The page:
Economic Issues

Delaware and New Jersey recently lamented how much money they have spent on snow removal this winter.  With budget deficits hitting most states, those two states are not the only ones who will be looking for cash to pay for the snow removal.  One source may be the Federal Emergency Management Agency (FEMA), given its recent history of issuing emergency declarations for these type of routine events, says Matt Mayer, a visiting fellow with the Heritage Foundation and a homeland security expert. 

In its entire 57 year history, FEMA has issued 293 emergency declarations for “Winter Storms”: 

  • From 1953 to 1992, FEMA only issued 37 emergency declarations for Winter Storms; these emergency declarations accounted for only 13 percent of all Winter Storms emergency declarations in FEMA’s history.
  • The remaining 87 percent of Winter Storm FEMA emergency declarations were issued over the last 17 years.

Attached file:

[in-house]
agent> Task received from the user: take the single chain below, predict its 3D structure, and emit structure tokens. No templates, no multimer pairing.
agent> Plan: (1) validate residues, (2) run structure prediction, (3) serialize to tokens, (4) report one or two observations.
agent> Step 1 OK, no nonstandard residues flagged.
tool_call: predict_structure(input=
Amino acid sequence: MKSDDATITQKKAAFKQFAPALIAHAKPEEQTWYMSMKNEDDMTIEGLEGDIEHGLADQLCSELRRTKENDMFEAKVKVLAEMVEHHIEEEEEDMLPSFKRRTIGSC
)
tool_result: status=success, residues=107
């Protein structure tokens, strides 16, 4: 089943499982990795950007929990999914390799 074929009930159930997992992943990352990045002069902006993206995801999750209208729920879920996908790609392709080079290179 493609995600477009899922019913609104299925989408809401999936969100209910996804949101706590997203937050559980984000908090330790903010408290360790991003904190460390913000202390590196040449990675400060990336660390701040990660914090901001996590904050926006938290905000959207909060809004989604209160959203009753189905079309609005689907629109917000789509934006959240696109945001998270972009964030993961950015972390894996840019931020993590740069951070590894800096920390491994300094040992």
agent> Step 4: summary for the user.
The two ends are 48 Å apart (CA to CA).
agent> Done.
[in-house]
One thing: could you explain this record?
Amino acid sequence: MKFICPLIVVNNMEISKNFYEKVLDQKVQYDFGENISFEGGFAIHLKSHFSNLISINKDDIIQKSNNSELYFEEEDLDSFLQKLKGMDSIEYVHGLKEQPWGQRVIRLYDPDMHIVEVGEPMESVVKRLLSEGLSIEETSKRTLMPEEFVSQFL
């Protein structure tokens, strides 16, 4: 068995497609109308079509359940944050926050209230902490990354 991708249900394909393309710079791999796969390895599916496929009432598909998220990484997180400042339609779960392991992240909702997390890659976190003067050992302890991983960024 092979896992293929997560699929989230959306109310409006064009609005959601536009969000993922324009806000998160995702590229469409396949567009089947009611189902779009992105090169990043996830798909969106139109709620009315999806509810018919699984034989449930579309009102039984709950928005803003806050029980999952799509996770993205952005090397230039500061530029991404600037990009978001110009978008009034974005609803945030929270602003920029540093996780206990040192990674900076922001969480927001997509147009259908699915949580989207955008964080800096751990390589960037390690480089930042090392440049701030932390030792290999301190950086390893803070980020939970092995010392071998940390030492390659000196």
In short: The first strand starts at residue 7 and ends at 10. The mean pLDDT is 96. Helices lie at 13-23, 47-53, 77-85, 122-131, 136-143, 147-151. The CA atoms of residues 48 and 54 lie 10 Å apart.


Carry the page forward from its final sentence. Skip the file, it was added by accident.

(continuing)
However, starting in 1993, FEMA began issuing emergency declarations for more and more events that historically had been handled entirely by the states, says Mayer: 

  • Specifically, during Bill Clinton’s eight years in office, FEMA issued 108 emergency declarations for Winter Storms.
  • George W. Bush issued 128 FEMA emergency declarations for Winter Storms in his eight years.
  • Barack Obama has issued 20 FEMA emergency declarations in his first year in office, which would put him on track for roughly 160 FEMA emergency declarations for Winter Storms should he serve two terms. 

Given the federal budget deficits, FEMA cannot afford to cover 75 percent of the costs of state snow removal either.  It is high time for this federalization of routine events to come to a halt and for states to plan and budget for what are known events every year, says Mayer. 

Source: Matt Mayer, “Will FEMA Bail Out State Budgets?” Heritage Foundation, February 8, 2010. 

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